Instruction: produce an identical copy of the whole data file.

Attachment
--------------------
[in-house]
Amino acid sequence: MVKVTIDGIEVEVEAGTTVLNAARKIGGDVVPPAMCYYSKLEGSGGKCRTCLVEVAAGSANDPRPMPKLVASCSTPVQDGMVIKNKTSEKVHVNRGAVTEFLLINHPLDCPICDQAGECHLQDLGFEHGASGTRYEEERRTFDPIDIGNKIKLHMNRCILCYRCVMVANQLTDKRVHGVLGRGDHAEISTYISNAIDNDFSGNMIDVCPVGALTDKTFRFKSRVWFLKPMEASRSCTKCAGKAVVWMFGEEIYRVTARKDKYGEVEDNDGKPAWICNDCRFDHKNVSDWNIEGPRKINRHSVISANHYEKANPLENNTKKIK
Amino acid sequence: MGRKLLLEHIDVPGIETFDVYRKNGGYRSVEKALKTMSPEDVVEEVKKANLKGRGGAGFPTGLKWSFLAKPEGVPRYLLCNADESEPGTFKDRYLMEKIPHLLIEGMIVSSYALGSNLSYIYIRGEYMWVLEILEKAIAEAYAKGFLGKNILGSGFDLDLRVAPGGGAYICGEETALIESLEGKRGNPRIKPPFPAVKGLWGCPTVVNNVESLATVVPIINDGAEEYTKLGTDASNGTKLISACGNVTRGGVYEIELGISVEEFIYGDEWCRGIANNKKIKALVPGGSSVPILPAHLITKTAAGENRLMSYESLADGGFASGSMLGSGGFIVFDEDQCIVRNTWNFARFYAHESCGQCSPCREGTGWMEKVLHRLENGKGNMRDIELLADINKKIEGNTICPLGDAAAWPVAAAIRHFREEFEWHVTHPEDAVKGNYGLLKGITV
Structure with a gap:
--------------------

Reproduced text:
[in-house]
Amino acid sequence: MVKVTIDGIEVEVEAGTTVLNAARKIGGDVVPPAMCYYSKLEGSGGKCRTCLVEVAAGSANDPRPMPKLVASCSTPVQDGMVIKNKTSEKVHVNRGAVTEFLLINHPLDCPICDQAGECHLQDLGFEHGASGTRYEEERRTFDPIDIGNKIKLHMNRCILCYRCVMVANQLTDKRVHGVLGRGDHAEISTYISNAIDNDFSGNMIDVCPVGALTDKTFRFKSRVWFLKPMEASRSCTKCAGKAVVWMFGEEIYRVTARKDKYGEVEDNDGKPAWICNDCRFDHKNVSDWNIEGPRKINRHSVISANHYEKANPLENNTKKIK
Amino acid sequence: MGRKLLLEHIDVPGIETFDVYRKNGGYRSVEKALKTMSPEDVVEEVKKANLKGRGGAGFPTGLKWSFLAKPEGVPRYLLCNADESEPGTFKDRYLMEKIPHLLIEGMIVSSYALGSNLSYIYIRGEYMWVLEILEKAIAEAYAKGFLGKNILGSGFDLDLRVAPGGGAYICGEETALIESLEGKRGNPRIKPPFPAVKGLWGCPTVVNNVESLATVVPIINDGAEEYTKLGTDASNGTKLISACGNVTRGGVYEIELGISVEEFIYGDEWCRGIANNKKIKALVPGGSSVPILPAHLITKTAAGENRLMSYESLADGGFASGSMLGSGGFIVFDEDQCIVRNTWNFARFYAHESCGQCSPCREGTGWMEKVLHRLENGKGNMRDIELLADINKKIEGNTICPLGDAAAWPVAAAIRHFREEFEWHVTHPEDAVKGNYGLLKGITV
Structure with a gap: